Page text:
Since their sale, the letters have been kept in a safe by the purchaser, James W. Ancel, a Maryland construction company owner and collector of baseball memorabilia. They have never been published before and few knew of their existence.
Mr. Gehrig continued traveling with the Yankees throughout the 1939 season, and occasionally tried playing catch with a teammate. By the following spring, walking and dressing had become difficult. He took a job with the city of New York as a parole commissioner, but his wife often accompanied him to the office to help him open letters, light cigarettes and perform other routine tasks.
"My left thumb and middle finger both hang," he wrote Dr. O'Leary in March 1940, "and it is only with great effort that my left wrist does not continually sag. During these three nights my left leg (in bed) did considerable jumping. Then Saturday fibrillations quieted down, and today I feel pretty good again."
Several times in their correspondence, Mr. Gehrig asked Dr. O'Leary to repeat his assurances that ALS was beatable. Each time, Dr. O'Leary offered the patient a shot of hope.
"I do not know how I can answer you," the doctor wrote in April 1940, "other than to repeat...that you have a forty-five per cent chance... Accordingly, I urge that you keep pushing ahead and that you realize there will be days when you do not seem so good, but I am sure that such days will become of shorter duration and further apart."
Was Dr. O'Leary's behavior unethical? Actually, it was common practice then, says Laurence McCullough, professor of medicine and medical ethics at the Center for Medical Ethics and Health Policy at Baylor College of Medicine in Houston.
"That would fit with the way physicians have traditionally given bad news," says Mr. McCullough, who has a doctorate in philosophy. All too often, doctors would break the news to a patient's spouse and let them decide whether to pass it along. "Doctors only recently have been taught how to give the news themselves," says Mr. McCullough.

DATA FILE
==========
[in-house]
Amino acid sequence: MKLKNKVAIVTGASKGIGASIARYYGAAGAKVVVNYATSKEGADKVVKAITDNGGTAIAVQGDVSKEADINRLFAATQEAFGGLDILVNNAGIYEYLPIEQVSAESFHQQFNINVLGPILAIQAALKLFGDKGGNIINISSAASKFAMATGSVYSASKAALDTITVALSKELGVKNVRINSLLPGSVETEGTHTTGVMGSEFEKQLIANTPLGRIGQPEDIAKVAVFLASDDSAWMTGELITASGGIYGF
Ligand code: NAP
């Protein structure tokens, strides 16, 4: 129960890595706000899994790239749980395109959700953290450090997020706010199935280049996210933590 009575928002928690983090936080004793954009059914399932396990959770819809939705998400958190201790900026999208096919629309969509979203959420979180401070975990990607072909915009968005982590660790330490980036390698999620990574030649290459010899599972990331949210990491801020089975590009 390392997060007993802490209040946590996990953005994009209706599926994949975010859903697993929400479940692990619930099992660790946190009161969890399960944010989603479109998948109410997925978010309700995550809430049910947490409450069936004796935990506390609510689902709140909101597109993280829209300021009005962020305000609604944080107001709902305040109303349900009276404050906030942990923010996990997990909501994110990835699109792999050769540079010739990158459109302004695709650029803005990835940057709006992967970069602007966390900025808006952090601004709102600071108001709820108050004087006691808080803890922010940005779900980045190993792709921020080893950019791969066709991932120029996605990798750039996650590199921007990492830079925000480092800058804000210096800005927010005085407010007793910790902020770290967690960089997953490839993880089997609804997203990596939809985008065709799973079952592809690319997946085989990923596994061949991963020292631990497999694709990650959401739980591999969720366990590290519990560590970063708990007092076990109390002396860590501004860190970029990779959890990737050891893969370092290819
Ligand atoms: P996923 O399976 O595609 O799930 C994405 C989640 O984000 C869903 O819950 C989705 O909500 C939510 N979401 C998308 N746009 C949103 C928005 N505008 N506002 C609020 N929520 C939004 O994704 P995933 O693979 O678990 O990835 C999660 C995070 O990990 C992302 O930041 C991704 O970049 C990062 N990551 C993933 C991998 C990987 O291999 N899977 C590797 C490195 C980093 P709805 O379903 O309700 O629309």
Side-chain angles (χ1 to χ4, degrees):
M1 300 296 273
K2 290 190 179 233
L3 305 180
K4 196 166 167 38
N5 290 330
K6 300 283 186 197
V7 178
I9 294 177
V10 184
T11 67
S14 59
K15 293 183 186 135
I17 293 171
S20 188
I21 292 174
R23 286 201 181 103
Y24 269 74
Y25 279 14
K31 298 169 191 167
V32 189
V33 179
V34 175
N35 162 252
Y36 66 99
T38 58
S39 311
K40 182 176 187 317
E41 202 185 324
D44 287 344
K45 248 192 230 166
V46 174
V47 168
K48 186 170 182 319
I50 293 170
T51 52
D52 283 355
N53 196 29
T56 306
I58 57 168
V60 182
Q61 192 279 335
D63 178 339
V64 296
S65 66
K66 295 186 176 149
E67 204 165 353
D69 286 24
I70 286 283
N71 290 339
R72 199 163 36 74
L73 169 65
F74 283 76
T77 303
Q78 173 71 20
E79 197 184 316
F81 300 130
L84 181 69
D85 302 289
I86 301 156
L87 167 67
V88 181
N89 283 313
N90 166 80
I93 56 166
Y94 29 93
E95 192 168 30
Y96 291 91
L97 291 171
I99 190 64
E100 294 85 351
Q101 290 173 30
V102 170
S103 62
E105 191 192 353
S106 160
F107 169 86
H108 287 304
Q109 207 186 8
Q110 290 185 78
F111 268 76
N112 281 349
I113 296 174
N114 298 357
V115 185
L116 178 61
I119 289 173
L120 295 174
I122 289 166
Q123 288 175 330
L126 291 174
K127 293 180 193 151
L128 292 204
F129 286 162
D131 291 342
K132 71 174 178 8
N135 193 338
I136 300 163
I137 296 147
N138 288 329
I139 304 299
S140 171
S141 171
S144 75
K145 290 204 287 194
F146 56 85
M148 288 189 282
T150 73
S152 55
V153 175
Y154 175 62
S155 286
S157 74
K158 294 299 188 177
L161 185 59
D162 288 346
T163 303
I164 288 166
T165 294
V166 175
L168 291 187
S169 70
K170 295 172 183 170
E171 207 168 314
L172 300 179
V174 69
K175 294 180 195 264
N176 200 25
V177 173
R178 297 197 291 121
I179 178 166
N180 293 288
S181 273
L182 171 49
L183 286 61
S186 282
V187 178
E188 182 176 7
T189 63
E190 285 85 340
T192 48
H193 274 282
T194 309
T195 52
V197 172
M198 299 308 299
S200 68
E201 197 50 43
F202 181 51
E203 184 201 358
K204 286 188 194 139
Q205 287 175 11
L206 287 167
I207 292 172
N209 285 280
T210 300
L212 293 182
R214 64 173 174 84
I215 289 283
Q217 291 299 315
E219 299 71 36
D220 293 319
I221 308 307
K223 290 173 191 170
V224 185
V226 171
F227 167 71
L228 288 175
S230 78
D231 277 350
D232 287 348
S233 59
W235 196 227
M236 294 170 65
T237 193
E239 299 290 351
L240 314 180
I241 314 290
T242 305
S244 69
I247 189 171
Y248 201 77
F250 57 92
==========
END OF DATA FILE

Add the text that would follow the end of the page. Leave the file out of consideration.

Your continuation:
Dr. O'Leary revealed a more accurate diagnosis in a letter to Mr. Gehrig's wife, Eleanor. "I do think that he must keep plugging and that we must keep our chins up in an effort to encourage him further," he wrote.
In her reply, Mrs. Gehrig wrote, "It must be very difficult for you to answer his last letter to you, and I feel we must all lie like mad. I want him to keep a thread of hope; there is no point in adding mental torture to the horrible experience he is now going through."
Two studies buoyed Mr. Gehrig's hopes. The first, conducted by a different doctor at the Mayo Clinic, involved injections of histamine. The short-lived experiment produced little of significance. Another study, by Dr. Israel Wechsler of Mt. Sinai Hospital in New York, offered more cause for optimism.
Dr. Wechsler was injecting patients, including Mr. Gehrig, with massive doses of vitamin E. Even today, many doctors believe that the vitamin might be of use in treating ALS patients, but no one has been able to prove it.
Dr. Wechsler thought he had solved the puzzle. After a few weeks of treatment, he reported an improvement in Mr. Gehrig: a tiny movement of the thumb. It was the smallest of signs, yet Mr. Gehrig was thrilled. "This may sound ridiculous," he wrote to Dr. O'Leary in regard to the thumb, "but I know you can appreciate how important it is to me... ." The optimism receded when it became increasingly clear that his condition wasn't improving. In the last few letters before his death, Mr. Gehrig rarely mentioned his condition. Instead, he asked the doctor for advice on behalf of friends suffering minor maladies. He asked for a prescription to treat a rash on his wife's face. Even as his weight plummeted and he became too weak to rise from bed, he continued to greet friends and former teammates at his home in New York City.
"As for myself," he wrote to Dr. O'Leary in January of 1941, in one of his final letters, "it is getting a little more difficult each day and it will be hard to say how much longer I can carry on...I don't mean to be pessimistic but one cannot help wonder how much further this thing can go and I wish you would again drop a note as to your thoughts and percentage of making a proportional recovery. I also understand how difficult this is."
In the same letter, he wrote:
"Don't think that I am depressed or pessimistic about my condition at present. I intend to hold on as long as possible and then if the inevitable comes, I will accept it philosophically and hope for the best. That's all we can do."
He died five months later, on June 2, 1941.